The aim of the study was to investigate how the body posture in children with obesity looks like and whether their body posture is associated with physical activity. Additionally, an attempt was made to check which forms of activity are preferred by this group of children and whether the choice is related to their body posture.

Material and methods

Ethical Statement

The study has been approved by the Bioethical Committee of the Medical University of Silesia under resolution No. KNW/0022/KB1/162/10 and No. KNW/0022/KB1/100/16. It is conformed to the Helsinki Declaration. All the children and their parents provided written informed consent prior to the study, including enrolment and data collection.


The study has been carried out in Katowice in the years 2011 – 2017 in the framework of two projects of the first author. The BMI index (Body Mass Index) was presented as a percentile (BMI index in kg/m2 adjusted to age and sex and in accordance with the table on the population of children). The BMI was calculated for children; it is expressed as a percentile that can be obtained from a percentile calculator. Because weight and height change during growth and development as do their relations to body fat, a child’s BMI must be interpreted in relation to other children of the same sex and age. BMI-for-age status categories and the corresponding percentiles were based on World Health Organization growth standard reference date for 5-19 years. The cut-offs interpretation were defined: obesity with values >2 SDs; overweight >1 SDs; normal with values 1≥ z score BMI≥-2; thinness <-2SDs; severe thinness <-3SDs [13,14].

The study included a group of 120 school choldren. The group of obese children (group A) aged 9–13 years of age (10.78±1.31) included 51 participants for whom BMI was classified above the 95th percentile and z score BMI> + 2SD. The control group (group B) included 69 children with normal BMI for age with the same age (p>0.14). Children in the control group were randomly selected from the examined group within the project. The cut –offs interpretation was used (1≥ z score BMI≥-2) [15].

Following exclusion criteria have been applied: age below 10 years of age and above 13 years, an indication of body posture defects and severe spinal deformities (scoliosis, Scheuermann disease) indicated by parents in the survey filled in before examination, participation in corrective gymnastics, wearing a corset, heart defects, scars on the chest and abdomen. The above-mentioned exclusion criteria have an impact on the level of physical activity and its choice due to the conduct of physiotherapy, which has a direct relationship with the PA. Girls who started menstruation a year before the survey have been excluded from the group, due to the possible occurrence of defects and its rapid progression. A specific diet and a special way of eating were the criterion of exclusion. Characteristics of the study group are presented in Table I.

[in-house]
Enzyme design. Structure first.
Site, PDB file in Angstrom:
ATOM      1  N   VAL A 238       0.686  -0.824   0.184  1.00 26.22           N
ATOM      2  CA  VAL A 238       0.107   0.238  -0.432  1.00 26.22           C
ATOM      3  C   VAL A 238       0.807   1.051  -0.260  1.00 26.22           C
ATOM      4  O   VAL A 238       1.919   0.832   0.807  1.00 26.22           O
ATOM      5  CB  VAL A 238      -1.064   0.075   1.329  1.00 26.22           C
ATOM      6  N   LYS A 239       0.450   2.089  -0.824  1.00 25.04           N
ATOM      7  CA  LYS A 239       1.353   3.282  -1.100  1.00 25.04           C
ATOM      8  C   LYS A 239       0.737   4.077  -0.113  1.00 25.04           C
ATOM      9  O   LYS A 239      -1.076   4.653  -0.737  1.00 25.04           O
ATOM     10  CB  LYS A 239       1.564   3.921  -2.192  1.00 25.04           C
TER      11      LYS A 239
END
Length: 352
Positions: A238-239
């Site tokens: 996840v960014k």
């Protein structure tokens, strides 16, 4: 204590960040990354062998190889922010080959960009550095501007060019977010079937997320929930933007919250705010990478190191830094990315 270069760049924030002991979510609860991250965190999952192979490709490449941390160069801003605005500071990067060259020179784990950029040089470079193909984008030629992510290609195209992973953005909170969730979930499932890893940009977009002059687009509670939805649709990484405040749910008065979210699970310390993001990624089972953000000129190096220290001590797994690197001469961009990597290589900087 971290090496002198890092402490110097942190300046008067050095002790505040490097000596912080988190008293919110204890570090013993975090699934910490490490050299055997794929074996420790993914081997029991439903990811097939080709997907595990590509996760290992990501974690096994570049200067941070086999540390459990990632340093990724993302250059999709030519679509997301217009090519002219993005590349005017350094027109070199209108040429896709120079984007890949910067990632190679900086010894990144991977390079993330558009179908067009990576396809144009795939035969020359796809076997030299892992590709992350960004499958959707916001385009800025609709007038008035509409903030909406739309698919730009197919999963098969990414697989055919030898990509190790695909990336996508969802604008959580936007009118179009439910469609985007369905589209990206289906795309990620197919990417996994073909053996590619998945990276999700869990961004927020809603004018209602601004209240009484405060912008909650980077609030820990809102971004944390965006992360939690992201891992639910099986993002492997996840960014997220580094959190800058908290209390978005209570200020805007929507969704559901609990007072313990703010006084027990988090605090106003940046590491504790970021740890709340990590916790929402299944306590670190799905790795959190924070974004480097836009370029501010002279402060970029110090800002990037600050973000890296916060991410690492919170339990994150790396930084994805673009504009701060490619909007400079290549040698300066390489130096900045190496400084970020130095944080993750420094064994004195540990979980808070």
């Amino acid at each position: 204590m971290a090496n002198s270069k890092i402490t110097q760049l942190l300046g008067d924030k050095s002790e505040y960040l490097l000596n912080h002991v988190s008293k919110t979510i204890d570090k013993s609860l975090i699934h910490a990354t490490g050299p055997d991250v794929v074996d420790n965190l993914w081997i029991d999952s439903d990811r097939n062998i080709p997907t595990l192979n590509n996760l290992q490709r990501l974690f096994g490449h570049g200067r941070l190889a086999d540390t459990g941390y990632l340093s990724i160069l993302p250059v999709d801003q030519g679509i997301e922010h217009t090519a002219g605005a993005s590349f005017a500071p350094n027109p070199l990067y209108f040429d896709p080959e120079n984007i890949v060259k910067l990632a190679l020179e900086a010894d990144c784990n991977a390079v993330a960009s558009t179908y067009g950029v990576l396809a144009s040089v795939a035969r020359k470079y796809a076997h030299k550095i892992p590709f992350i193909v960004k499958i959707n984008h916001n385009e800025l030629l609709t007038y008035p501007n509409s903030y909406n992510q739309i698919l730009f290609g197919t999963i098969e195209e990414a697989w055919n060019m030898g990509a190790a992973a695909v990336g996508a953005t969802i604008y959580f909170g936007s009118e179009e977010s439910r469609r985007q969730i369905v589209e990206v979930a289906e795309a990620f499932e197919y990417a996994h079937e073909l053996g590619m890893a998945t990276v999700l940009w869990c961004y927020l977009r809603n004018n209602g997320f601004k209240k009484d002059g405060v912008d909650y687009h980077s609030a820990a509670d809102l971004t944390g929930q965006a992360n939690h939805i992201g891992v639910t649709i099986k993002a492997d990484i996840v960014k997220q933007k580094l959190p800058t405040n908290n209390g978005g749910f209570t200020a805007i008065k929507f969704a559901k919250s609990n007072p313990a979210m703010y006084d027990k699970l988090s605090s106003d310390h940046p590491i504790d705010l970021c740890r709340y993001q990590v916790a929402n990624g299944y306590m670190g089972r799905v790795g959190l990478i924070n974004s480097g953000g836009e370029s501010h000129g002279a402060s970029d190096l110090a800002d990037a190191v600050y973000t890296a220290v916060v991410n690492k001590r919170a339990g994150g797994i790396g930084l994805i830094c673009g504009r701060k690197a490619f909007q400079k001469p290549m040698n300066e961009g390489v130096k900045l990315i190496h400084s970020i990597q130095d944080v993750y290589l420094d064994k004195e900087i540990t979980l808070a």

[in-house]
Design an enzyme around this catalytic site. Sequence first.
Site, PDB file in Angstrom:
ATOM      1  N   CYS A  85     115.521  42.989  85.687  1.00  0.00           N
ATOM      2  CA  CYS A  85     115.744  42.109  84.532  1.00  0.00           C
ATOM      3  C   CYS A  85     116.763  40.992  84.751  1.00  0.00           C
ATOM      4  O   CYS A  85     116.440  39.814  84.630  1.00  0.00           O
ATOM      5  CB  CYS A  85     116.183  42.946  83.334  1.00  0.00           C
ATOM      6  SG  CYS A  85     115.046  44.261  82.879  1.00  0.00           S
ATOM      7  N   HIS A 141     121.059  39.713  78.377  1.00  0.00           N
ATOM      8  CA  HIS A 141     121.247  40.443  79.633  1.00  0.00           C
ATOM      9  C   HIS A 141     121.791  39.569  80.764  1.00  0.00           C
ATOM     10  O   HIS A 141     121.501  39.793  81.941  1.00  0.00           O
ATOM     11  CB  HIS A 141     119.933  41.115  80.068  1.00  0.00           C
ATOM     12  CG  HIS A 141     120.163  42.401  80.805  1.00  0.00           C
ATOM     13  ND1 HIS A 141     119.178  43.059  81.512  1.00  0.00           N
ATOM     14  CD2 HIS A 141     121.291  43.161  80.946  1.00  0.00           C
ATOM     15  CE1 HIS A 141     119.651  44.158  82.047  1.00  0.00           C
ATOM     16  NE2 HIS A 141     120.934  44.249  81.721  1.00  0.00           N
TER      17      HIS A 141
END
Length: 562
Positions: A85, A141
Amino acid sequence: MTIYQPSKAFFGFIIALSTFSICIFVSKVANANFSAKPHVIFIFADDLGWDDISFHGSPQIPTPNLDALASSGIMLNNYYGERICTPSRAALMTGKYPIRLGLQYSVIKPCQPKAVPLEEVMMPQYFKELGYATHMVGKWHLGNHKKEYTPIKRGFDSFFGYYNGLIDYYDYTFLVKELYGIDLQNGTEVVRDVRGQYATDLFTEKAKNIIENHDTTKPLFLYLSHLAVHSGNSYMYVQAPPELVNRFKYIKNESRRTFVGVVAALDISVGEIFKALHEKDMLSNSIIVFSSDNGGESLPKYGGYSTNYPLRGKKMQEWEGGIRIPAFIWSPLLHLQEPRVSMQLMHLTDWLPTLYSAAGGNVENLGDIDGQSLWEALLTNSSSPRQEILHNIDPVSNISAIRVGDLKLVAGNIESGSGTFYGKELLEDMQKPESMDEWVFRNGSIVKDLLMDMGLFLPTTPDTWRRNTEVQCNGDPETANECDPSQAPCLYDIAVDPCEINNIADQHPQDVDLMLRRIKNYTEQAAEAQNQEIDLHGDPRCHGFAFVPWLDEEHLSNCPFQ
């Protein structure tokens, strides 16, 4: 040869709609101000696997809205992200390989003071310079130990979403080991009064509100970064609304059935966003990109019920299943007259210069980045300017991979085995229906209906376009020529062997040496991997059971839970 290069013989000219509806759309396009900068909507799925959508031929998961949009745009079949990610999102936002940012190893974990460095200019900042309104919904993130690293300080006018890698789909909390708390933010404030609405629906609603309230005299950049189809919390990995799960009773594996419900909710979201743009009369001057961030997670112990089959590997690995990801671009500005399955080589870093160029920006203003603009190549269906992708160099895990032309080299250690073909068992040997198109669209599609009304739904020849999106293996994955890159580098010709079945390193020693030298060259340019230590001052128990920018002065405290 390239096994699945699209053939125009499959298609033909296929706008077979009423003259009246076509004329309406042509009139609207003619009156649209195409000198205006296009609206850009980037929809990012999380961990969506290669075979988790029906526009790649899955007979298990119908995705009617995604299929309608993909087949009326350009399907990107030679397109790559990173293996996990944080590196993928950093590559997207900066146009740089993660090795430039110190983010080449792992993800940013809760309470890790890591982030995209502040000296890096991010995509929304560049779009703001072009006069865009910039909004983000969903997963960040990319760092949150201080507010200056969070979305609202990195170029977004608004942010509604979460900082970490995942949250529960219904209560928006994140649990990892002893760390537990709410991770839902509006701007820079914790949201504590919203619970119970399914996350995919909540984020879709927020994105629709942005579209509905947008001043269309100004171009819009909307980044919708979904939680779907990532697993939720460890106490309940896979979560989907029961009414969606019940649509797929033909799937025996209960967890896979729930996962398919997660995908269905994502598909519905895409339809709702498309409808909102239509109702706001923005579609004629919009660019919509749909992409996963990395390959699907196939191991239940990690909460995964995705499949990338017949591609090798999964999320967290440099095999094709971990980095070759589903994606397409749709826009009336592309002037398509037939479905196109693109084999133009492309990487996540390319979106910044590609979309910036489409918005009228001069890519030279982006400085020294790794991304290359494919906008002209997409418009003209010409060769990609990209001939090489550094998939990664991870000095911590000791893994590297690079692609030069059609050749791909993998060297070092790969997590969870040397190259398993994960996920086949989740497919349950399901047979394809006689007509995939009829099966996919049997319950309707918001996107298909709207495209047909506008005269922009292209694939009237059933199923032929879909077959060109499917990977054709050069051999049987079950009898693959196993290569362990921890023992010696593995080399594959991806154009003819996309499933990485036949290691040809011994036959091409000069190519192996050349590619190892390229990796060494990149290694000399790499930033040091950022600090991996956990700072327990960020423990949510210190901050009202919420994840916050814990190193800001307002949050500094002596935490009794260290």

In both groups of children, the body posture assessment with classical certified tools (scoliometer, inclinometer, plumb line) based on recommendations of SOSORT (Society of Scoliosis Orthopaedic and Rehabilitation Treatment) has been carried out [16]. Measurements have been performed in the order described below and presented in Figure 1.

In addition, each group answered the questions included in the survey, concerning physical activity, its forms, its frequency, unit duration time, forms of organization (school activities, extracurricular). Questions also related to the time spent in front of a variety of electronic devices during the learning week and during weekends.

Statistical analysis

The relationships between particular results have been searched sequentially. The results are shown as a number (%), mean (x) and standard deviation (SD). For data analysis, the following statistical methods have been used: U Mann--Whitney test for continuous variables with non-normal distribution, T Student’s t test for continuous variables with normal distribution – to assess relationships between examinations and a non – parametric characteristics Chi Square and Spearman Rang test. Homogeneity between samples has been examined using the Kolmogorov – Smirnov two-sample test.  Baseline characteristics of the two groups were compared using two-samples t – tests for continuous variables and Chi Square tests for categorical variables. 95% confidence intervals (CIs) have been calculated. All statistical tests have been performed at the two-tailed 5% level of significance. 


Compared groups were homogeneous in terms of age and gender. BMI differentiated the entire group to group A (above 95 percentile) and a control group of normal weight (group B). The values of measured body posture parameters in different planes, the results of Mathiass test and the results of the evaluation of proper feet arches and their valgity are presented in Table II.